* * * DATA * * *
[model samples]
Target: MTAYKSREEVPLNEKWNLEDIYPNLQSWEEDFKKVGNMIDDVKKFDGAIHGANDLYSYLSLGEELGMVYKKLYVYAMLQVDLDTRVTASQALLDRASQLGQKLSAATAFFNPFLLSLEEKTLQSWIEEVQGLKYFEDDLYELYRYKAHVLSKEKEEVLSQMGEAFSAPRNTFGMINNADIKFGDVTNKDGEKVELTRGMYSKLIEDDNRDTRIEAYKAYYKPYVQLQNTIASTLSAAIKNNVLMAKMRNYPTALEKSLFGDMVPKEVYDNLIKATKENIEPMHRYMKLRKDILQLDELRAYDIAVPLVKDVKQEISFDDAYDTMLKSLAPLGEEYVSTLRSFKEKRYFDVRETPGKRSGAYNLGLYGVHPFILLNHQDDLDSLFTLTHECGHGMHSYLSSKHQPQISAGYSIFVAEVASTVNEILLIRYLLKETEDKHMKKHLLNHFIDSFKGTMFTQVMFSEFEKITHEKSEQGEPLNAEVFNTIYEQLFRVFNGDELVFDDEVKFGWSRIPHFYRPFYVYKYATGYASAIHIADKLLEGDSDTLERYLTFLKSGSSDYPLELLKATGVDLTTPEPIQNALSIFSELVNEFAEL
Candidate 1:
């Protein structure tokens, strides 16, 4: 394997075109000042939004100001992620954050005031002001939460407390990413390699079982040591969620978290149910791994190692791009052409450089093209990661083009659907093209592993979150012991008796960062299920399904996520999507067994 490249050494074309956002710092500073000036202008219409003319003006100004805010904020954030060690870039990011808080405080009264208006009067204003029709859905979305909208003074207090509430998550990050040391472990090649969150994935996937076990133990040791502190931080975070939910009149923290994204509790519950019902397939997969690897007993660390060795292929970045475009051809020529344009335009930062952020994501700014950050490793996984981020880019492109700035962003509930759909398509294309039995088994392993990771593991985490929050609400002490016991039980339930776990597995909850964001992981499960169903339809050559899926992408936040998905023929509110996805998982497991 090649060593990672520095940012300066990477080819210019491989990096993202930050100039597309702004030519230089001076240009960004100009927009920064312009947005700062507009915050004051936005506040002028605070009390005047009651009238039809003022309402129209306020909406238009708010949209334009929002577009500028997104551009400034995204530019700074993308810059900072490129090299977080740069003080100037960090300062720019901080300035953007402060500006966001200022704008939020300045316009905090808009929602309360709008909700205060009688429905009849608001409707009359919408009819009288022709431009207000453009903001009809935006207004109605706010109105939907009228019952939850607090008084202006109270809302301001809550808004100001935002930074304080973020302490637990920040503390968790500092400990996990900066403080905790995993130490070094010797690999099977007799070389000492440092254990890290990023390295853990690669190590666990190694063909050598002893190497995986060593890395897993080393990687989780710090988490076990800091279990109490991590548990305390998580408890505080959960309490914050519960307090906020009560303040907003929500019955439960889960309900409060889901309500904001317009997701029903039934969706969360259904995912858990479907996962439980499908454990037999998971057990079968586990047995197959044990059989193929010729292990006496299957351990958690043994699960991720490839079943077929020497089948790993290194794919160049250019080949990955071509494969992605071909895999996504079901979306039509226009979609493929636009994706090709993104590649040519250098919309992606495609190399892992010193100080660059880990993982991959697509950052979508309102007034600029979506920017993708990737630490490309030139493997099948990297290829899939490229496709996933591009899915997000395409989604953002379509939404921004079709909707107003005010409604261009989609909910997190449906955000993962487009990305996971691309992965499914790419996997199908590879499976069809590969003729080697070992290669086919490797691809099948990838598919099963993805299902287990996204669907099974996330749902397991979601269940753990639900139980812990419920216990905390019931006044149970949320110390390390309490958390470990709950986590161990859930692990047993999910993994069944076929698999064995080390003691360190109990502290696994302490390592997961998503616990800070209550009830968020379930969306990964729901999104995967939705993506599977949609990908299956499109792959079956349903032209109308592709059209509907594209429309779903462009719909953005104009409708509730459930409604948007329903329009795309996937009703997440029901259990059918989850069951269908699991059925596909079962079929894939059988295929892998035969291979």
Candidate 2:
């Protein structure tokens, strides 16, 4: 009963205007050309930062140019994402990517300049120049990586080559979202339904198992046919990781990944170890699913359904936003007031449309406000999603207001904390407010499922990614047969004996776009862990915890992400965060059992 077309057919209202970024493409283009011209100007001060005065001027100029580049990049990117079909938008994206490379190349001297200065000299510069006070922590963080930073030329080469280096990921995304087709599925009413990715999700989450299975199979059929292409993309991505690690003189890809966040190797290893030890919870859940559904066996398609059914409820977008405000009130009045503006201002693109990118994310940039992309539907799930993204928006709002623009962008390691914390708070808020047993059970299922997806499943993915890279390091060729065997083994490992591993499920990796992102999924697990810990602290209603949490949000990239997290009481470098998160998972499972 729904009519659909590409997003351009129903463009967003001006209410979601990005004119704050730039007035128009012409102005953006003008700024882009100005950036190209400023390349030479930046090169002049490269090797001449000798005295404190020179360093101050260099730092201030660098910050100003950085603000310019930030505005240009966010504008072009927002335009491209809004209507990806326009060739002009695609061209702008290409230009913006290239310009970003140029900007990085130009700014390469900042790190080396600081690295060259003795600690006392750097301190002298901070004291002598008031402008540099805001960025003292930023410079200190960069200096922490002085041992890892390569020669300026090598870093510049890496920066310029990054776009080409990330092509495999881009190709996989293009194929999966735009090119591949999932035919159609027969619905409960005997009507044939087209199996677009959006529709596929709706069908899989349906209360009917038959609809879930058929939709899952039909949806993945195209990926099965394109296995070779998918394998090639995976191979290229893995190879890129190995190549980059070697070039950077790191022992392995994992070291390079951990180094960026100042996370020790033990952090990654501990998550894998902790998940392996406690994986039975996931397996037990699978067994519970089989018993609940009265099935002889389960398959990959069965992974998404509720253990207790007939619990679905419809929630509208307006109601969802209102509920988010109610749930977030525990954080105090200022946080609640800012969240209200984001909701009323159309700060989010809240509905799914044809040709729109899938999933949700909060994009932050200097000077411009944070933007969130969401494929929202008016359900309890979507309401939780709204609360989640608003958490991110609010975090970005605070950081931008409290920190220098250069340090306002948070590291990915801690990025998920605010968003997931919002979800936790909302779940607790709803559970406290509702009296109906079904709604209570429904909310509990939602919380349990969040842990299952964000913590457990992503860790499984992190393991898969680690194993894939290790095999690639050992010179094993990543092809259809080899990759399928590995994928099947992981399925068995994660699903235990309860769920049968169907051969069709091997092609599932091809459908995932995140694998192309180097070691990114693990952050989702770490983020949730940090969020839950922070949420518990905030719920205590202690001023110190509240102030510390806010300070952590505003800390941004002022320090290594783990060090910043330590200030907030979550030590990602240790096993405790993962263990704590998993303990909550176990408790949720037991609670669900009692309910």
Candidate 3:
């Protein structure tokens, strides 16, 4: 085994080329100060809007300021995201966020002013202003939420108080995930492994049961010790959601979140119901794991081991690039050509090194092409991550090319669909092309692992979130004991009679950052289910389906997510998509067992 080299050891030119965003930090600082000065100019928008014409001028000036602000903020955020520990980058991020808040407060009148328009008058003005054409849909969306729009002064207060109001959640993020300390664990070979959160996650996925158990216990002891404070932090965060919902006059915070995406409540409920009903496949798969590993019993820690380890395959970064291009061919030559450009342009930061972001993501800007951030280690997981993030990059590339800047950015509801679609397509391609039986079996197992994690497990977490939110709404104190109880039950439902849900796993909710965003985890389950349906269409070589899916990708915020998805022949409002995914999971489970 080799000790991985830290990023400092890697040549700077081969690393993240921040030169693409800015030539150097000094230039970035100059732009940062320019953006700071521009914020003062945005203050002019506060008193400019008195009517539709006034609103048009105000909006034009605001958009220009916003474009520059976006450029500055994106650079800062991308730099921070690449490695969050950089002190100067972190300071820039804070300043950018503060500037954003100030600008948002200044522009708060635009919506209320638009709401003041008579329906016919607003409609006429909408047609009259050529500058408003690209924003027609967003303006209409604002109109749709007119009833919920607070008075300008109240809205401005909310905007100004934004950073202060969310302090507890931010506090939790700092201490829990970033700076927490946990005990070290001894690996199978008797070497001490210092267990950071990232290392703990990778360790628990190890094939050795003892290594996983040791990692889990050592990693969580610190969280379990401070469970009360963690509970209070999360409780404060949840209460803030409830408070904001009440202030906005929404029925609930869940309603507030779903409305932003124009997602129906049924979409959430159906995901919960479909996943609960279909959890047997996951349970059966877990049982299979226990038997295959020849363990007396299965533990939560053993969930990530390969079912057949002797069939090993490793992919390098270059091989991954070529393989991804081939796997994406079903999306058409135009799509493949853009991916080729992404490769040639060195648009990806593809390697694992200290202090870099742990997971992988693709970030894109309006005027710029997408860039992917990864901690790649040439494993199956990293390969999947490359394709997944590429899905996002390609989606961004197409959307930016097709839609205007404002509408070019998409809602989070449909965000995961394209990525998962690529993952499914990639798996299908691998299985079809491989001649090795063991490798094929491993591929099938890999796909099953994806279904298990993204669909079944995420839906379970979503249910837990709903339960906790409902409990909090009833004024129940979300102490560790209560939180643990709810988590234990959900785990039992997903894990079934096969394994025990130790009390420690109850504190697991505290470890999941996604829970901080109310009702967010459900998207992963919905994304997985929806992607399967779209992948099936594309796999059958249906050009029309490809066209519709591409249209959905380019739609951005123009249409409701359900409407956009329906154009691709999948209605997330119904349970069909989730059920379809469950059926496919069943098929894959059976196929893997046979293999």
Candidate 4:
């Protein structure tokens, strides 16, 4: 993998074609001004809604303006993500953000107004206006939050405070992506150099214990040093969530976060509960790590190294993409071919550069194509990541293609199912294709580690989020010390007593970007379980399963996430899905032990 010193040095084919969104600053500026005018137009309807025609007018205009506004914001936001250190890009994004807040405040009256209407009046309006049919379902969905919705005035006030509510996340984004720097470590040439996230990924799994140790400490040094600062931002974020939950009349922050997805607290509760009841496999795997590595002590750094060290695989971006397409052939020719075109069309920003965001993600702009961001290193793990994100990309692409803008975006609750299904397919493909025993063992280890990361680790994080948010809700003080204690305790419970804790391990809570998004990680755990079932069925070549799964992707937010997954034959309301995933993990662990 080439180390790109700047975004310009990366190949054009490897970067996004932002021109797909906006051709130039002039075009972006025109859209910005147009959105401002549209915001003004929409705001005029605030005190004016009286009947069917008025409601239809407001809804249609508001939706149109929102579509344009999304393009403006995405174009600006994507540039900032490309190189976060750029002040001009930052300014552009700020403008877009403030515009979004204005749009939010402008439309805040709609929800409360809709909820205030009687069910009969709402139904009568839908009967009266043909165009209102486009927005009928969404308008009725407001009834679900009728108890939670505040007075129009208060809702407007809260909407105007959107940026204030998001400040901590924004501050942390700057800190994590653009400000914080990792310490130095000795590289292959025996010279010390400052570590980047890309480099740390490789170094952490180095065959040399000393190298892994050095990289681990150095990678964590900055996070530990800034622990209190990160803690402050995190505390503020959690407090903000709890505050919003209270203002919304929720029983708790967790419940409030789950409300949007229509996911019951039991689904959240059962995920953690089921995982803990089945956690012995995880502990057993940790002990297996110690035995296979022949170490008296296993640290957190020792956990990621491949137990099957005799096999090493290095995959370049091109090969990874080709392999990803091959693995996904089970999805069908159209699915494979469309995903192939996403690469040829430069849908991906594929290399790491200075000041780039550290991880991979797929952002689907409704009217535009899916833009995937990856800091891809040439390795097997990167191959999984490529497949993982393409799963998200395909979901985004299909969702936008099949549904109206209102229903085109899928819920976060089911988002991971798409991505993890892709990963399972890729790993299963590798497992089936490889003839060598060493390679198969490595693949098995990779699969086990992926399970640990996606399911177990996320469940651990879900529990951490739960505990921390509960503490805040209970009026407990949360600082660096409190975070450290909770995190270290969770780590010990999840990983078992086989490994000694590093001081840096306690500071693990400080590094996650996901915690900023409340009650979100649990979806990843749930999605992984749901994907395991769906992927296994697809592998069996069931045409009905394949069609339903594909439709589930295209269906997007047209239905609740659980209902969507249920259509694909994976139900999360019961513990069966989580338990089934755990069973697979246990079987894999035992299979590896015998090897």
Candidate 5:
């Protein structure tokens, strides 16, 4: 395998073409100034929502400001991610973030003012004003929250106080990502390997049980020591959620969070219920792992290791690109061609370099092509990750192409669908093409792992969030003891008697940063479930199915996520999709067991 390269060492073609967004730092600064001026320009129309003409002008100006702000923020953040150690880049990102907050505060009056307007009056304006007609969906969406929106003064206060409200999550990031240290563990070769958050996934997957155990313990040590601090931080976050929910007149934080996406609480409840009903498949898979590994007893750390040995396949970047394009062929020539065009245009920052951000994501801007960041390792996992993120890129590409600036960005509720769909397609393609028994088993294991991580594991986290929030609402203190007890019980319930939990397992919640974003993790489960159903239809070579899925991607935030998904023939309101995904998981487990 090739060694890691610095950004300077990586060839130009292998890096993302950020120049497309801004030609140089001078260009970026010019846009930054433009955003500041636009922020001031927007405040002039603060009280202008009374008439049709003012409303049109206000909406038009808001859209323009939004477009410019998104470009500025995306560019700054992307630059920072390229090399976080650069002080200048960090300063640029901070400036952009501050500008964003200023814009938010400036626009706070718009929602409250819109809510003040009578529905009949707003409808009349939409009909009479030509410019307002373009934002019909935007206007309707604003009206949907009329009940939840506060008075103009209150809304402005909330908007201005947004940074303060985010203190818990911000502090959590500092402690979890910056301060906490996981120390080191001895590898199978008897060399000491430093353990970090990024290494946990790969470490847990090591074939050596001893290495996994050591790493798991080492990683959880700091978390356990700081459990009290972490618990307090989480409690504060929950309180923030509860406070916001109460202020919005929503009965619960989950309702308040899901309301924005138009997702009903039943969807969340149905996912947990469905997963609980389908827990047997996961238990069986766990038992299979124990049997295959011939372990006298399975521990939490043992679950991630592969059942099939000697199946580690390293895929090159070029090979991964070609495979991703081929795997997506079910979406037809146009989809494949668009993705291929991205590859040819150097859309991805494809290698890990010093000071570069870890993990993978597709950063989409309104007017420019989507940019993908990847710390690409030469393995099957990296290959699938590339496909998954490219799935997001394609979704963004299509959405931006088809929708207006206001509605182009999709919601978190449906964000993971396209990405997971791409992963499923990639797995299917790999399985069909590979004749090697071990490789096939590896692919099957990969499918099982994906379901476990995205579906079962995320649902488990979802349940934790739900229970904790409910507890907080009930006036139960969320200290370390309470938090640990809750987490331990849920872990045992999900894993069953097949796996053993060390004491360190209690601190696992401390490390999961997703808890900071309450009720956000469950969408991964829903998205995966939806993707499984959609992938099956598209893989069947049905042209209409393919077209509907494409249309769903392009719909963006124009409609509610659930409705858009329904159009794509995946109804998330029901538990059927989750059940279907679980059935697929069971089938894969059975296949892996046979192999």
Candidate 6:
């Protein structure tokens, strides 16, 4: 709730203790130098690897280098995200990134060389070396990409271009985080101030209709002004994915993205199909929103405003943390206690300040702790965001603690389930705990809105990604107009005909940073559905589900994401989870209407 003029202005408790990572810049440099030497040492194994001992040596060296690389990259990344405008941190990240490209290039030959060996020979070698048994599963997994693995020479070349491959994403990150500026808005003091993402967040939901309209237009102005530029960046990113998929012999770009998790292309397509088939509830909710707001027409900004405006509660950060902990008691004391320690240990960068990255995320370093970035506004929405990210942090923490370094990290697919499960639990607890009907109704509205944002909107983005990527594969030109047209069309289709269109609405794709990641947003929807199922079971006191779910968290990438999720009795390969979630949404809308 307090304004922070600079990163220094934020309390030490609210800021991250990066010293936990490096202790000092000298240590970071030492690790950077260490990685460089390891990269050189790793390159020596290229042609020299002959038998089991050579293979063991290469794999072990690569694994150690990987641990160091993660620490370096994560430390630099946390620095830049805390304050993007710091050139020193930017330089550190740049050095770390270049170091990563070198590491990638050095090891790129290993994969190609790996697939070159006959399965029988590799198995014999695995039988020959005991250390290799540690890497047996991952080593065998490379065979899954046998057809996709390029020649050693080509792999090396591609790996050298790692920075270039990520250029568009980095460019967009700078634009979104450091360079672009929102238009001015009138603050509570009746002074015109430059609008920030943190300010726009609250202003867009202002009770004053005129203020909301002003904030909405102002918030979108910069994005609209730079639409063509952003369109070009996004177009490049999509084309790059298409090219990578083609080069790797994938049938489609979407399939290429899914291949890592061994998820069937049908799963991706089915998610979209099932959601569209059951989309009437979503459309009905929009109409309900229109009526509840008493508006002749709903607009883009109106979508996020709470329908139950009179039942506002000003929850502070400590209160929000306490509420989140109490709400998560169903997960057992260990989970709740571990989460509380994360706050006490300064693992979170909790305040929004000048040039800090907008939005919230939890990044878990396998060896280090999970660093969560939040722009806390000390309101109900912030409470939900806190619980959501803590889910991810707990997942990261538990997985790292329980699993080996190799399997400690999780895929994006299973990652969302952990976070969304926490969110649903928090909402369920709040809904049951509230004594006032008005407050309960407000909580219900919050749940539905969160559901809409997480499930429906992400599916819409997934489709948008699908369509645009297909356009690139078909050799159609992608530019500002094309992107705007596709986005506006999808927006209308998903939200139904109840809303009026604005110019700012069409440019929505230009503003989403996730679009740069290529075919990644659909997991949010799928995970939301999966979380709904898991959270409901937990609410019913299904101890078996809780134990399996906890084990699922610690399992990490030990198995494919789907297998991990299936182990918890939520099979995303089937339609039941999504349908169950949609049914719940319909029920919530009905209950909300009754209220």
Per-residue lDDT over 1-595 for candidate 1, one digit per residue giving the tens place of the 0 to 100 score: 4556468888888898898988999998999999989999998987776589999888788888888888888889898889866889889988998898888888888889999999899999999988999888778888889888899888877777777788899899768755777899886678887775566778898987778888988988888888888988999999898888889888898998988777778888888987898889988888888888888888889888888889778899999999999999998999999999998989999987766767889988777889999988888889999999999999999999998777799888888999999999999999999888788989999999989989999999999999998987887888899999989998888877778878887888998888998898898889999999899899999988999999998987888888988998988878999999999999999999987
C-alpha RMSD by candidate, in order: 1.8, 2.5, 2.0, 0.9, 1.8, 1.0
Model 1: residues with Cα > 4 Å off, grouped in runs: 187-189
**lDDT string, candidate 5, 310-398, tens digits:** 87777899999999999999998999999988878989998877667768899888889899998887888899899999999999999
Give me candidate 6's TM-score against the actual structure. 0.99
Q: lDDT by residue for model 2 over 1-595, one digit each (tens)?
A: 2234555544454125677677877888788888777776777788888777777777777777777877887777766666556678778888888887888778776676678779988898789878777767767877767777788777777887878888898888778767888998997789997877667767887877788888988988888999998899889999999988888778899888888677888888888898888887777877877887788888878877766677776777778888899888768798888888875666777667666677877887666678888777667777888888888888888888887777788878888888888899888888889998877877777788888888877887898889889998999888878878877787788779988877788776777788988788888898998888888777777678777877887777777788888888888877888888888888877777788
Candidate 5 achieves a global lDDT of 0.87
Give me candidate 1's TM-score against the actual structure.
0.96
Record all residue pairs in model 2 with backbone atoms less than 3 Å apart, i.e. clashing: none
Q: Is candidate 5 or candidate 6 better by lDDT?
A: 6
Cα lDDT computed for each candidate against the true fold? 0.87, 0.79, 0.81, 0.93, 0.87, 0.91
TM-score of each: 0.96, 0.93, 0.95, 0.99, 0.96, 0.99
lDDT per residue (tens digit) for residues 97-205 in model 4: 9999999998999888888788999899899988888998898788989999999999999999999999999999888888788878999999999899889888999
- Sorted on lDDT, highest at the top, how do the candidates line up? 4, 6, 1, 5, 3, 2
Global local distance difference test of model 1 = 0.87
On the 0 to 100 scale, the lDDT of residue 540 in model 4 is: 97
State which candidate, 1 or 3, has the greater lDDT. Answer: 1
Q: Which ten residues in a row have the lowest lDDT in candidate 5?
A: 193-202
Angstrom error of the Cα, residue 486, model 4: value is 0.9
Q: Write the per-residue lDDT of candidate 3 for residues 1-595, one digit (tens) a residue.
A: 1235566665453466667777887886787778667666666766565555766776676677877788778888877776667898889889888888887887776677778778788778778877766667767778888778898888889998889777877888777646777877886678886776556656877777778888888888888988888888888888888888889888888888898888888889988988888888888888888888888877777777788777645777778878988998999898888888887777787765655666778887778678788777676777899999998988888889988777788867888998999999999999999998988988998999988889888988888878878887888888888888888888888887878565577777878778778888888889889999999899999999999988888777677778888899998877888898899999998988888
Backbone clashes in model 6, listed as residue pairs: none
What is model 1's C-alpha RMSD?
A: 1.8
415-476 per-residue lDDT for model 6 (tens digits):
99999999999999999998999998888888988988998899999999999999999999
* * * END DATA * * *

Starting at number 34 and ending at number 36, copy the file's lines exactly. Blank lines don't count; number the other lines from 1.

State which candidate, 1 or 3, has the greater lDDT. Answer: 1
Q: Which ten residues in a row have the lowest lDDT in candidate 5?
A: 193-202